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Featured Bent gearshift lever

Discussion in 'Maintenance and Servicing' at netrider.net.au started by Minority153, May 22, 2015.

  1. Okay, so I'm a noobie. I've had a good number of falls, some resulting in a bent gearshift lever, but that was okay, because I was always a block within home, and my hubs could fix it.

    But my friend, she had a fall at a roundabout and bent her gearshift lever so that she couldn't downshift anymore. So now she's just left the bike in a side street and gone home because she can't ride it back.

    But it got me wondering. Obviously, removing the gearshift lever and using a rubber mallet is the best method to straighten/unbend it, but what if you're stuck on the side of the road? Surely the answer can't always be to ditch it and come back with reinforcements?

    So is there a way to unbend the gearshift lever without removing it? And what tools would you always carry around on your bike to ensure you can fix it yourself, then and there?

    Hope the question makes sense.

    Thanks in advance. :)
  2. Always worth carrying a few tools to motivate parts.
    Carrying two large solid shifting spanner is a good idea to unbend brake/gear levers as well as adjust chains etc. You can tighten it onto the part and lever it back into shape.

    Alternatively if you can force the bike into second gear, that will get you home if you take back streets. If you have the original toolkit, that will have everything you need to take the fairings/tank off, but are not strong enough to bend things back into shape.
    • Like Like x 1
  3. You CAN bend a bent lever back into position on the side of the road (short piece of pipe, or large spanner, etc) but it's best to do it properly when you get home by removing it and getting it in a vice. That way you're not also putting stress on the seals and bearings in the engine case....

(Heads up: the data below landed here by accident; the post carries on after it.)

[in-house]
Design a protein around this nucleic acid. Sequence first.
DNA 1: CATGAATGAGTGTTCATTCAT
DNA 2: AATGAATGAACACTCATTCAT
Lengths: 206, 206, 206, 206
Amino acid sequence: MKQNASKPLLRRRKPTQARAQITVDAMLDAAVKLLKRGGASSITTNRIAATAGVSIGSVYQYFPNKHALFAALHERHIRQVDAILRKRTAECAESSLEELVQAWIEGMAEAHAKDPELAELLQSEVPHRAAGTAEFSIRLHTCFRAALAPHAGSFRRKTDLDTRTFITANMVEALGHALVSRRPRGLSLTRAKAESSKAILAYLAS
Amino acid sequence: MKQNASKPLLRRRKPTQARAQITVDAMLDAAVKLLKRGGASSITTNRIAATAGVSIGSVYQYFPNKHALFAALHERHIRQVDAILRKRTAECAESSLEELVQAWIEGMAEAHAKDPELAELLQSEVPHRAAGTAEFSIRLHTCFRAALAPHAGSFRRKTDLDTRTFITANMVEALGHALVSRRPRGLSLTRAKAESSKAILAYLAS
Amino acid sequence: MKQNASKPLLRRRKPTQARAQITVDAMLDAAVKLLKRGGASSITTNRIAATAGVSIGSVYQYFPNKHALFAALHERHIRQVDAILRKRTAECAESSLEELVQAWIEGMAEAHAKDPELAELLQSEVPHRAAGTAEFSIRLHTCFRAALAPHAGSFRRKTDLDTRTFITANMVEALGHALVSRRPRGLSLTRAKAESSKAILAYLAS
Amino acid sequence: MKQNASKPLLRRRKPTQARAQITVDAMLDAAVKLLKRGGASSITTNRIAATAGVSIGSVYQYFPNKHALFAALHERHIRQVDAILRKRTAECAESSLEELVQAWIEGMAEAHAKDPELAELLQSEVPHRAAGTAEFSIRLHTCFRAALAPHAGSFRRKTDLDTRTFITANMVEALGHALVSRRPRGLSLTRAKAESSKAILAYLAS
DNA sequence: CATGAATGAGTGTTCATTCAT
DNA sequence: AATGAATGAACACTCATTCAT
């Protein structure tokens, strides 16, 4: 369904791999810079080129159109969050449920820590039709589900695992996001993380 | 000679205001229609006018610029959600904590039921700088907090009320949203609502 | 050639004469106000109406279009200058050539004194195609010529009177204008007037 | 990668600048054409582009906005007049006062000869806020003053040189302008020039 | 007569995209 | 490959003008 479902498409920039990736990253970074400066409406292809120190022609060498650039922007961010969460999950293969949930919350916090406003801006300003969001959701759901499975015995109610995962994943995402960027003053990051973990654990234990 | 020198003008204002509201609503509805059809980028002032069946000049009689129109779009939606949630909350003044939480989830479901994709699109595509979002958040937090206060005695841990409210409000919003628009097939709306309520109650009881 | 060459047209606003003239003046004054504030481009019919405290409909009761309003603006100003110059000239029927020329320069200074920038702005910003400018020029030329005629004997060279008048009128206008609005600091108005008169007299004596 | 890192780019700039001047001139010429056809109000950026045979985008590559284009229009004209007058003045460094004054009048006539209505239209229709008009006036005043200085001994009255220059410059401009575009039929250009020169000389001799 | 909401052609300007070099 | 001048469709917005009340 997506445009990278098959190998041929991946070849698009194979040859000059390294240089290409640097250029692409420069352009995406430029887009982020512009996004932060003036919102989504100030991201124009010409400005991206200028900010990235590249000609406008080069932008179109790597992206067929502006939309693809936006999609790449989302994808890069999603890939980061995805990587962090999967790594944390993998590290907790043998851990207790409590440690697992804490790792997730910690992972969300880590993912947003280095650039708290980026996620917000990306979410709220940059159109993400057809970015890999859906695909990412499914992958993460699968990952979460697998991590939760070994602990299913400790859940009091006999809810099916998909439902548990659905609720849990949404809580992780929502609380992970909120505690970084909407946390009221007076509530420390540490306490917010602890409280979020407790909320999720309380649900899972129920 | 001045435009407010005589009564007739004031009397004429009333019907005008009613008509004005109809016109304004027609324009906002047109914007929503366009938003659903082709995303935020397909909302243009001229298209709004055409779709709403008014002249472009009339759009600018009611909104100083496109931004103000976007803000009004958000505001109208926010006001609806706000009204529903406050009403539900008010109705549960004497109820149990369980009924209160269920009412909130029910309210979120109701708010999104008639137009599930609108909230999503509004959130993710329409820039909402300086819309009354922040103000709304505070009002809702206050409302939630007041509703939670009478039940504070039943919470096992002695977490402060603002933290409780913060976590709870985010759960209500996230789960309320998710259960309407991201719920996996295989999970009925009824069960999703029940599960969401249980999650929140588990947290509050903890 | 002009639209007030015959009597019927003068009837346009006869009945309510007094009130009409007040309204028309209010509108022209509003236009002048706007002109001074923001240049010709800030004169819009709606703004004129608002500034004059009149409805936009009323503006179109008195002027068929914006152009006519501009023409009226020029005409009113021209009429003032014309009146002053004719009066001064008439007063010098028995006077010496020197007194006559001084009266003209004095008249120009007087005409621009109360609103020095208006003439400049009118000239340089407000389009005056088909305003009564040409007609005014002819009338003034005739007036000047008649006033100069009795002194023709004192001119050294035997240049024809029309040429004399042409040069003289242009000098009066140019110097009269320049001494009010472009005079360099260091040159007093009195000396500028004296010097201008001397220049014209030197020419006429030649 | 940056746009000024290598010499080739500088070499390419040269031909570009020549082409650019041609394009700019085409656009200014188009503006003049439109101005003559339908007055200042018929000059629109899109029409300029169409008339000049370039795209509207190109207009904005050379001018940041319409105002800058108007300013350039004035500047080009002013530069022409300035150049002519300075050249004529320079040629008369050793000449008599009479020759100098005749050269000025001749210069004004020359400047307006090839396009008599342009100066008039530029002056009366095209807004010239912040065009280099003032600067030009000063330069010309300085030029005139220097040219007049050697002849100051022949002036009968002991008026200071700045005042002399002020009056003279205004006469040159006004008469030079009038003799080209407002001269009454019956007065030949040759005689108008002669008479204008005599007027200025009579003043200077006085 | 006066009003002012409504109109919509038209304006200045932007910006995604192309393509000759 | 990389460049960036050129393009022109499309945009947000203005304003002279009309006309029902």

• Agree Agree x 3
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  4. Yes a ring spanner that will fit over the end of the lever will often give you enough leverage. Otherwise the 2nd gear run home or to a mechanic as suggested.
    • Winner Winner x 1
  5. I guess you can also add a spare gear lever to your field toolkit...
  6. The risk is also that in attempting to straighten you could snap the lever. So I would only attempt a straighten if you needed to to change gears and then I would only bend te minimum required to do this just in case. Once home you can bend to your hearts content and if it snaps not such a drama.

    Ad cjvfr said often slipping a ring spanner over the end of the lever can help you straighten it. In my tool kit I also have an extension tube designed to go over the wheel nut spanner to give extra leverage. If you can incorporate that onto the end of the spanner you will get a longer lever and extra leverage.

    Removal of gear lever is pretty simple though and may be a better option depending on how bent things are. And something like multigrips can be used to change gear into a suitable gear to ride home in. Need to be careful here though so as not to damage the splines.
  7. Thanks for the replies guys.

    Is there any chance you can post up pictures of the tools you're referring to? I'm not all that great on mechanical jargon. :-S
  8. That will definitely cost you
    • Funny Funny x 1
  9. images?q=tbn:ANd9GcSttKMeqK5ecQcQfBaCdhvss7BjpRIlqXFGTrfnW09MtUWtK8x0CA. HTB190HyGpXXXXXfXFXXq6xXFXXXn.
    • Like Like x 2
  10. I'd suggest carrying a spare lever so it can be put on and the bent lever straightened once home if you must keep dropping your bike.

    Better still I'd suggest not bending levers by avoiding any challenging riding until you have the skills not to drop the bike, even with beginner riders bikes falling over should be an unlikely event.
  11. ItIt's mainly my stopping. I really need to practice that. But my actual riding seems pretty good. So stopping and maneuvering the bike without the engine on. :-/